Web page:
- M.H. Gold (1)
- J.Z. Groenewald (1)
- K. Kishi (1)
- M. Kusters-van Someren (1)
- M.G.A. Leeuwen van (1)
- H.Y. Li (1)
- T.M. Loehr (1)
- M.B. Mayfield (1)
- L. Mayfield (1)
- D.A. Mayfield (1)
- W.C. Mullié (1)
- J. Sun (1)
- G.Y. Sun (1)
- X.R. Zhai (1)
Breeding Biology and Diet of the African Swallow-Tailed Kite (Chelictinia riocourii) in Senegal and Cameroon
Buij, R. ; Cavaillés, S. ; Mullié, W.C. - \ 2013
Journal of Raptor Research 47 (2013)1. - ISSN 0892-1016 - p. 41 - 53.
savanna - raptors - birds - hawk - populations - predation - survival - site
We studied the breeding biology of the African Swallow-tailed Kite (Chelictinia riocourii) in two study areas located 3400 km apart in the central (Cameroon) and western (Senegal) portions of the species' breeding range. With 110 nests in 2.8 km2 of suitable breeding habitat, Kousmar islet (23 km2) in Senegal supports the largest documented colony of African Swallow-tailed Kites known to date. Breeding kites in Senegal nested in a single large colony near a massive winter roost. In Cameroon, breeding colonies averaged seven pairs/colony, with nest densities of 0.3 nests/km2 in protected woodland and 0.9 nests/km2 in cultivated habitat. Egg-laying coincided with the end of the dry season in Cameroon, but eggs were recorded from the middle of the dry season in Senegal. Eggs hatched between April and June in both study sites in 2010, but from March 2012 in Senegal. The incubation period was estimated at 27–31 d based on two nests, and the fledging period was 32–35 d (n ¿=¿ 3 fledglings). Mean clutch size was 2.5 eggs (n ¿=¿ 32) in Cameroon and 2.1 in Senegal (n ¿=¿ 29); one clutch of four eggs was recorded in Cameroon. Nest success estimated with the Mayfield method was low at 17% in Cameroon and exceptionally low at 4% in Senegal, possibly related to a combination of suboptimal food conditions, high predation pressure, intraspecific aggression, and lack of experience among breeding pairs. Prey items at nests were made up primarily of lizards (30–54% of items) and insects (27–49%), notably grasshoppers, whereas the diet at the winter roost in Senegal was predominantly Orthoptera (55%) and Solifugids (43%). Our study suggested that African Swallow-tailed Kites were able to adapt to moderate land transformation near floodplains.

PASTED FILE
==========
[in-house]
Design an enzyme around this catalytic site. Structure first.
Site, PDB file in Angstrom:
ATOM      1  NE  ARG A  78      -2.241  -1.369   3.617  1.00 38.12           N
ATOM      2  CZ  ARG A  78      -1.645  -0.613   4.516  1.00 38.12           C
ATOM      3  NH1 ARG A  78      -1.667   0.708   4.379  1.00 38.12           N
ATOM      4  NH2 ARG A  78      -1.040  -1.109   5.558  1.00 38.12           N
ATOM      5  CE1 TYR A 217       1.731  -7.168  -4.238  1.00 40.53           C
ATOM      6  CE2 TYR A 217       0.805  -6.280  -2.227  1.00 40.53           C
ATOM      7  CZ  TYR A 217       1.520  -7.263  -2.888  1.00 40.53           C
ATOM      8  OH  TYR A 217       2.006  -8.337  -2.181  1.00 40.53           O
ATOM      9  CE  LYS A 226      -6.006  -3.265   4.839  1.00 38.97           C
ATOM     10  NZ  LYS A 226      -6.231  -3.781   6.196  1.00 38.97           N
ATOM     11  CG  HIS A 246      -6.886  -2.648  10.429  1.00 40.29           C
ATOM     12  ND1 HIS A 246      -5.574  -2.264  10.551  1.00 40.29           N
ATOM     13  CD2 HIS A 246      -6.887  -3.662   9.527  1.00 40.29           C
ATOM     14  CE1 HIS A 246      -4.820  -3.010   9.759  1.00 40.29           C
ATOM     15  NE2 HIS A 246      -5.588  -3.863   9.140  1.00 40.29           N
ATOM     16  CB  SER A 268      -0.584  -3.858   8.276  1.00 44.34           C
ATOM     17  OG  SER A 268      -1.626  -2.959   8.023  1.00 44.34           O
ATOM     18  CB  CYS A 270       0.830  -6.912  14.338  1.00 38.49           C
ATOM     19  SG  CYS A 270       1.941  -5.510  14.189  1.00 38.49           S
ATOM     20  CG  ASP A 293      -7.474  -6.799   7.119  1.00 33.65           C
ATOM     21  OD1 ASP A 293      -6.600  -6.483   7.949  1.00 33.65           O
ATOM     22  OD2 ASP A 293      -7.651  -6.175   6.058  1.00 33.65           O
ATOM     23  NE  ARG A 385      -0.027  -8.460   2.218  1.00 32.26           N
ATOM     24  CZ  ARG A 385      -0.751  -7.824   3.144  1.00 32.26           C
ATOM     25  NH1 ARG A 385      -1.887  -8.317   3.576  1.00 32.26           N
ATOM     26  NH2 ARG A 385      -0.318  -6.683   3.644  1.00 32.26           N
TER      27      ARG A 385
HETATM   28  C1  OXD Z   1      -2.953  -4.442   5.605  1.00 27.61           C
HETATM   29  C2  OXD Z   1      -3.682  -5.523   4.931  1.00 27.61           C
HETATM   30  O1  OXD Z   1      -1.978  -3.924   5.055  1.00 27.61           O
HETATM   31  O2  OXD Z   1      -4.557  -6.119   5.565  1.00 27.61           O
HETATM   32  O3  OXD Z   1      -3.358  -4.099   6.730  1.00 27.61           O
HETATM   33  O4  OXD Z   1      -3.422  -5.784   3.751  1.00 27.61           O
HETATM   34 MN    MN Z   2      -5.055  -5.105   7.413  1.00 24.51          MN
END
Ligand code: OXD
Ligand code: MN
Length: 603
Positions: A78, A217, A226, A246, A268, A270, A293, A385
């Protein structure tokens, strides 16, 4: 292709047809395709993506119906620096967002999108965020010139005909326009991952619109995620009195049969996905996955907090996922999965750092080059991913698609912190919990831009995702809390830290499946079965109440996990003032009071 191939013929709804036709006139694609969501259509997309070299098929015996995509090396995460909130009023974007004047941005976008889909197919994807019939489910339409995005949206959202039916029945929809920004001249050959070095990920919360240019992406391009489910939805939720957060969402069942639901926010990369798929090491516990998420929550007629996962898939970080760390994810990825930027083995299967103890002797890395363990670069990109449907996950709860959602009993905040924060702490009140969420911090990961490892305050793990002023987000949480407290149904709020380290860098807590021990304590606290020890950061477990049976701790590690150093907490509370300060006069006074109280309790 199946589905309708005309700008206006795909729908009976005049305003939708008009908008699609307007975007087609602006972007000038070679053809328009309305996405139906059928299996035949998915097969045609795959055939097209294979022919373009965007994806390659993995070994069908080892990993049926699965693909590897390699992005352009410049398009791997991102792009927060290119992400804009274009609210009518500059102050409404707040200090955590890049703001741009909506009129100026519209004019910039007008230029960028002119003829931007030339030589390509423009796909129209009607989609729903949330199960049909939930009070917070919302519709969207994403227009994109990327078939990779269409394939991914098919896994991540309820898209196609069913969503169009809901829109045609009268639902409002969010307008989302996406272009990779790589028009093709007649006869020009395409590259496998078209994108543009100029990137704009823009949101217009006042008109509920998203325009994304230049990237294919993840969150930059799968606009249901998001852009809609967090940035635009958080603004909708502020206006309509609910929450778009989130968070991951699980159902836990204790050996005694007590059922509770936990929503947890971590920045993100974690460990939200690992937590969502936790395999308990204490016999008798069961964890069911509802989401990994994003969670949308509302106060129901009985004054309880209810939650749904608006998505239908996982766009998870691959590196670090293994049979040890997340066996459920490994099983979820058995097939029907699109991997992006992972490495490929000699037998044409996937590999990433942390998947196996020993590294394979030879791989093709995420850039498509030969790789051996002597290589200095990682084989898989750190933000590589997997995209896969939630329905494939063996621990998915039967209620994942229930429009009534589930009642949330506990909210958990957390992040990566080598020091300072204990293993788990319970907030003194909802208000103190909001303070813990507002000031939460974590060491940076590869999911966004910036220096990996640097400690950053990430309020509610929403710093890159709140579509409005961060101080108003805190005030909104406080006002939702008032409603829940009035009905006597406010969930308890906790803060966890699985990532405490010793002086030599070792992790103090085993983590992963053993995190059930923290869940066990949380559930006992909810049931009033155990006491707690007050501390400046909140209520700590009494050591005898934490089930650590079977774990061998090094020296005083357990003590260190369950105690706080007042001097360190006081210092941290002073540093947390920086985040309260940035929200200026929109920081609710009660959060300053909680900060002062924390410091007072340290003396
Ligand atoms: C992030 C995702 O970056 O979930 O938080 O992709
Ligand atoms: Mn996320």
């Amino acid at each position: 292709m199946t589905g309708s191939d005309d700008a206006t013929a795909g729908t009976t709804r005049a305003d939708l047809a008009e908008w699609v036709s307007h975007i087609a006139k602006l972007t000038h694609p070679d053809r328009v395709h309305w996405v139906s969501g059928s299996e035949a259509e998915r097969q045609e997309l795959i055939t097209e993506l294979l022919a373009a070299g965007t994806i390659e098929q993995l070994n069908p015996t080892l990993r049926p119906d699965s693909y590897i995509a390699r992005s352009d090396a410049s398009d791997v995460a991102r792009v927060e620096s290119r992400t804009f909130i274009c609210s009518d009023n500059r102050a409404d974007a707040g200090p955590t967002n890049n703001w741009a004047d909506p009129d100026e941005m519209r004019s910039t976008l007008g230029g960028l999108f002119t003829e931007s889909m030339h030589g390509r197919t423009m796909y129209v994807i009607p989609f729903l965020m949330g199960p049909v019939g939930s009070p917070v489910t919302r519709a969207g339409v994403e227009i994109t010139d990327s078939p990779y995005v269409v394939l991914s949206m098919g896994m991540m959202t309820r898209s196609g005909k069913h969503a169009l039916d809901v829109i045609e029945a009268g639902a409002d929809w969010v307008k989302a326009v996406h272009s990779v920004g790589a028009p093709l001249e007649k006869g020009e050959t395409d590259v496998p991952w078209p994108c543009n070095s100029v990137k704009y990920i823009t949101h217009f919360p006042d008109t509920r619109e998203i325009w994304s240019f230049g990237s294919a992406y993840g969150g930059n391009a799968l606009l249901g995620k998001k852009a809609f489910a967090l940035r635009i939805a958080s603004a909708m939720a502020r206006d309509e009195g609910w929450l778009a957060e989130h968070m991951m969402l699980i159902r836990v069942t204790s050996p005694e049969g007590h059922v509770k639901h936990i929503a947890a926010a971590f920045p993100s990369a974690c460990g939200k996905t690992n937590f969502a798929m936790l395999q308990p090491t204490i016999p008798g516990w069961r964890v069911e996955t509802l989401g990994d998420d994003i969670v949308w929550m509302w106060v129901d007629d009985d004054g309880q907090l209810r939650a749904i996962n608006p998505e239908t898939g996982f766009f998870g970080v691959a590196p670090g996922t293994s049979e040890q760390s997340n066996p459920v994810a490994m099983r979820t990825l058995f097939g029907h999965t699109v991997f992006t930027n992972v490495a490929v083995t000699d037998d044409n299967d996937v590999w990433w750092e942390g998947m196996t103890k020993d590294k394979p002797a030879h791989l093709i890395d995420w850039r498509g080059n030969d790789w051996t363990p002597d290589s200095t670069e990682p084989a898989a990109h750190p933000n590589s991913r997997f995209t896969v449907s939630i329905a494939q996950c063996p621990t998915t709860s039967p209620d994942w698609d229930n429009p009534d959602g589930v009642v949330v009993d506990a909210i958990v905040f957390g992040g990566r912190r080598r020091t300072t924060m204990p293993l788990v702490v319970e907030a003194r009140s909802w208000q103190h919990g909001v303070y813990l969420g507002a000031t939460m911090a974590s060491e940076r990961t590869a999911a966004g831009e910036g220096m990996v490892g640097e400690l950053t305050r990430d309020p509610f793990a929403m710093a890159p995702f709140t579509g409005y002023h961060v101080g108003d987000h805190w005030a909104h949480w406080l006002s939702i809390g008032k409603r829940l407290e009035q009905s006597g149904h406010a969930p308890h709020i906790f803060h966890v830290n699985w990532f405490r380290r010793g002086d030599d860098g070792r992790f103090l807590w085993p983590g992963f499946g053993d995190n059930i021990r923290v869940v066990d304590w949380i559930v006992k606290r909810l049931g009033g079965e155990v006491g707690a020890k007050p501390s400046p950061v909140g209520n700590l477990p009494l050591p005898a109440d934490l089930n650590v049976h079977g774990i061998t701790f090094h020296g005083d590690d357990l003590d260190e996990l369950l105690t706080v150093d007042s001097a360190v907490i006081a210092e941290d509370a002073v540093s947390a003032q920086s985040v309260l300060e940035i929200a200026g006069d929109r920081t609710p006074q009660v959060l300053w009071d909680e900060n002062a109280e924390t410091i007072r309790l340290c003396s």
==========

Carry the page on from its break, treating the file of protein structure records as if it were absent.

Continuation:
Dissoconiaceae associated with sooty blotch and flyspeck on fruits in China and the United States
Li, H.Y. ; Sun, G.Y. ; Zhai, X.R. ; Batzer, J.C. ; Mayfield, D.A. ; Crous, P.W. ; Groenewald, J.Z. ; Gleason, M.L. - \ 2012
Persoonia 28 (2012). - ISSN 0031-5850 - p. 113 - 125.
complex davidiellaceae - clustal-w - mycosphaerella - eucalyptus - apple - anamorphs - teratosphaeria - capnodiales - taxonomy - genera
Zasmidium angulare, a novel species of Mycosphaerellaceae, and several novel taxa that reside in Dissoconiaceae, were identified from a collection of apples and Cucurbita maxima (cv. Blue Hubbard) from China and the USA that exhibited sooty blotch and flyspeck (SBFS) signs on their host substrata. Morphology on fruit surfaces and in culture, and phylogenetic analyses of the nuclear ribosomal DNAs 28S and internal transcribed spacer regions, as well as partial translation elongation factor 1-alpha gene sequences in some cases, were used to delineate seven previously unidentified species and three known species. Pseudoveronaea was established as a new genus of Dissoconiaceae, represented by two species, P. ellipsoidea and P. obclavata. Although Pseudoveronaea was morphologically similar to Veronaea, these fungi clustered with Dissoconiaceae (Capnodiales) rather than Chaetothyriales (Herpotrichiellaceae). Ramichloridium mali comb. nov., and three novel species, R. cucurbitae, R. luteum and R. punctatum were closely related with R. apiculatum, which together formed a distinct subclade in Dissoconiaceae. Species of Dissoconium s.lat. clustered in two well-supported clades supported by distinct morphological and cultural features. Subsequently Uwebraunia, a former synonym of Dissoconium, was resurrected for the one clade, with new combinations proposed for U. australiensis, U. commune, U. dekkeri and U. musae. Furthermore, we also reported that D. aciculare, Dissoconium sp., U. commune and U. dekkeri were associated with SBFS on apples.
|Does the CAP boost rural development? An assessment with SAM analyses in UK and Dutch rural towns and their hinterlands
Leeuwen, M.G.A. van; Mayfield, L. - \ 2005
|Characterization of MnII binding site mutants of manganese peroxidase.
Kishi, K. ; Kusters-van Someren, M. ; Mayfield, M.B. ; Sun, J. ; Loehr, T.M. ; Gold, M.H. - \ 1996
Biochemistry 35 (1996). - ISSN 0006-2960 - p. 8986 - 8994.